"If he makes a reasonable showing that he has to have a complete transcript to prepare his appeal, Sec. 27 - 0606, NDRC 1943, authorizes the court to order a transcript at the expense of the county."

Had petitioner made any showing of a necessity for a full copy of the minutes of his trial to be proposed by him in his statement of facts, the trial court would have ordered it, and if refused, such action could have been reviewed here.

[2] The supreme court of North Dakota in State v. Moore, supra, aptly stated the controlling principle in the following paragraph:

"The requirement, therefore, that an indigent defendant in his application to the court for a transcript, to be prepared at public expense, make some showing that the proceedings, upon which he asserts error, cannot be made a part of the record upon appeal without such transcript, is a reasonable one and does not discriminate against the defendant or deny his equal protection of the law."

This is a complete answer to all claims that an indigent defendant is entitled to a free statement under Griffin v. Illinois, supra.

Moreover, an appeal can be taken without a complete record under Rule on Appeal 34(3), 34A Wn. (2d) 36,4 by


4 (Appeal on short record.) On any appeal or other proceeding for review, in any criminal cause, or in any civil cause whether cognizable at law or in equity, so much of the evidence as bears upon the question or questions sought to be reviewed may be brought before this court by a statement of facts without bringing up the evidence bearing on rulings on which no error is assigned. If the appellant does not include in his statement of facts the complete record and all the proceedings and evidence in the cause, he shall serve and file with such proposed statement of facts a concise statement of the points on which he intends to rely on the appeal."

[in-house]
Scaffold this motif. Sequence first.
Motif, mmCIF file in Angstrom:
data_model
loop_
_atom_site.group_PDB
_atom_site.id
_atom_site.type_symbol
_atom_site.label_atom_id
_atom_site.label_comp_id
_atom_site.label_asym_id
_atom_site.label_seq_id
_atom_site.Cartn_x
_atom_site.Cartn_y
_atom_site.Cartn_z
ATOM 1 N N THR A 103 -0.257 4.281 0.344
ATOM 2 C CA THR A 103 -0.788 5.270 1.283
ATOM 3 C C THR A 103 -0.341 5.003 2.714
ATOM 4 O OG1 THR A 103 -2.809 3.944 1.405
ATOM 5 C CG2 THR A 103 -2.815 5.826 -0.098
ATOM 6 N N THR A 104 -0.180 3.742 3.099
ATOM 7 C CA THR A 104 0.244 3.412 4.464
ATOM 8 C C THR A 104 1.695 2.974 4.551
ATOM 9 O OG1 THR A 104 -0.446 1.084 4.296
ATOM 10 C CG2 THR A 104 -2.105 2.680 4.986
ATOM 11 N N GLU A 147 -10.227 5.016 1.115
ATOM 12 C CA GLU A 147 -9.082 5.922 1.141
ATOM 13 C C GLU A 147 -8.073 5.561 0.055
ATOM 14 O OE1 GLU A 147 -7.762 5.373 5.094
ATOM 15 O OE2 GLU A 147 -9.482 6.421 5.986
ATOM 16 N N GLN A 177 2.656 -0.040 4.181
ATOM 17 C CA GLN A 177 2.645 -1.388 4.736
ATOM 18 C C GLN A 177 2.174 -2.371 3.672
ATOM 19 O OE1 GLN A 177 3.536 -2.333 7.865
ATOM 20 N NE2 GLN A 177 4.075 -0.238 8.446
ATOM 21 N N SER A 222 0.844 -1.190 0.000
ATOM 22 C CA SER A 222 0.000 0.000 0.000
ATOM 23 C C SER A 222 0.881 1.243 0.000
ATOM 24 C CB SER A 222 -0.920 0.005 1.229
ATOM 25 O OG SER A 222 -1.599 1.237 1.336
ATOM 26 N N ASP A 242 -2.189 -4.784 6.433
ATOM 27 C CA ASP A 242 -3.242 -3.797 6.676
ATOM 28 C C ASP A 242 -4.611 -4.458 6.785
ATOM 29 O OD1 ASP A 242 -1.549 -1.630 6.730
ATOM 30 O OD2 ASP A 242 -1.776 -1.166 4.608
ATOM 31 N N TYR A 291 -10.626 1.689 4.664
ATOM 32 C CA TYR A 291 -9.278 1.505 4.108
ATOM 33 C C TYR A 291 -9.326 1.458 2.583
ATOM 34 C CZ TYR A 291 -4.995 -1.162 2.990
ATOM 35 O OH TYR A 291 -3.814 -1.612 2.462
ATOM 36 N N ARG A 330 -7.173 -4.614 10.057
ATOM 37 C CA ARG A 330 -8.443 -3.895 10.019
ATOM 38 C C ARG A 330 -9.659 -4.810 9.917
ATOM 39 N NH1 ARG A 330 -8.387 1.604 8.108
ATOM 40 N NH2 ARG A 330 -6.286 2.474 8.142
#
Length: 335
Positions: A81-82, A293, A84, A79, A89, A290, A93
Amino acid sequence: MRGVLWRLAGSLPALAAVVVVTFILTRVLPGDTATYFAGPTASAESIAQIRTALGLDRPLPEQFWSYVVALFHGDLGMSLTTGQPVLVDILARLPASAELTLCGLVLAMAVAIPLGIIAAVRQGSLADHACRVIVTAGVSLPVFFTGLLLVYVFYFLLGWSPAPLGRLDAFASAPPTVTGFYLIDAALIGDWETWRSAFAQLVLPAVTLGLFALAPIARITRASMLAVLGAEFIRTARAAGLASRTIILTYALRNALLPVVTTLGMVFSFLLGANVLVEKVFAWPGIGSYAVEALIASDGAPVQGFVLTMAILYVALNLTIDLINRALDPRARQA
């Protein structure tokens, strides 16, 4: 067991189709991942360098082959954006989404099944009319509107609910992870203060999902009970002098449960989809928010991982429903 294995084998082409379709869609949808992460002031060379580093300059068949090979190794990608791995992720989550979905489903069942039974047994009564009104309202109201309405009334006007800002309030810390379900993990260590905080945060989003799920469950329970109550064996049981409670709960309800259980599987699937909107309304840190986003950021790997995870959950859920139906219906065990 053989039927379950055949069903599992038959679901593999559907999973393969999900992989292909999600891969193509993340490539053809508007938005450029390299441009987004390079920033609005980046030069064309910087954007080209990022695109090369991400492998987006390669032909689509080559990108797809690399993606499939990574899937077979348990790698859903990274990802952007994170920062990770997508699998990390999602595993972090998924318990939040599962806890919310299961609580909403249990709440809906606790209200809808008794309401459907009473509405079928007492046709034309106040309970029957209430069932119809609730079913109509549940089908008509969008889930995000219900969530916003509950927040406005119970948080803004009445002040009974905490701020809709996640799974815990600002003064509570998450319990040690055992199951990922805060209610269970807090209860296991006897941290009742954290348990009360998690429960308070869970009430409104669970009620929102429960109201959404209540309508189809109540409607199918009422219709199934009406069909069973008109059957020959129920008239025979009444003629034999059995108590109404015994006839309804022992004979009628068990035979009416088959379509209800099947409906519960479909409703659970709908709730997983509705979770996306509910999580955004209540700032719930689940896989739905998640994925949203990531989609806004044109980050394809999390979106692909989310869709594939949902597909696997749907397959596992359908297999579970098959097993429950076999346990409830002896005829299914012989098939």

Sept. 1957]          IN RE GRADY v. SCHNECKLOTH.      7

filing a concise statement of the point or points on which appellant intends to rely. The statement of facts then needs only be a narrative of so much of the evidence as may be necessary to consider the points specified.

[3] There is another and further complete answer to appellant's claim. This state has never required the statement of facts on appeal to contain a stenographic transcript of the entire evidence taken at the trial. Rule on Appeal 46 (13), 34A Wn. (2d) 50, 53, dealing with appeals in criminal cases, makes the civil procedure applicable to criminal appeals. The present law with respect to statement of facts is found in Rules on Appeal 34, 35, 36 and 37, 34A Wn. (2d) 36-40.5 The prior statutes are Rem. Rev. Stat., 388, 389 and 391.

Livermore v. Northwest Airlines, 6 Wn. (2d) 1, 106 P. (2d) 578, is a complete exposition of the procedural law respecting a statement of facts. We there said specifically, "A party applying for a settlement of a statement of facts cannot be compelled to furnish a transcript of the reporter's notes." We further said, "The statement of facts may be narrative form, and need not be in the form of a verbatim reproduction of all that transpired during the trial of the cause." In Palin v. General Constr. Co., 45 Wn. (2d) 721, 277 P. (2d) 703, the court again reiterated the statement in the Livermore case, "A party is not required to embody in his proposed statement of facts a transcript of the reporter's notes taken on the trial."

[4] A proposed statement of facts is deemed agreed to if no amendments are proposed within ten days after service and filing. If a narrative statement of facts is filed in good faith, the trial court may be compelled by this court's mandate to certify it.

[5] A trial judge is not required to certify any statement which is untrue, but with respect to a proposed statement of facts filed in good faith to which he does object,


5 The rules supersede prior statutory enactments under Laws of 1925, Chapter 118. However, the rules are substantially the same as the prior statutory law.

 8    IN RE GRADY v. SCHNECKLOTH.      [51 Wn. (2d)

he must indicate what amendments are necessary to make it correct, and he cannot escape this responsibility by saying that he does not know. In Palin v. General Constr. Co., supra, we reiterated what was said at an earlier day as follows: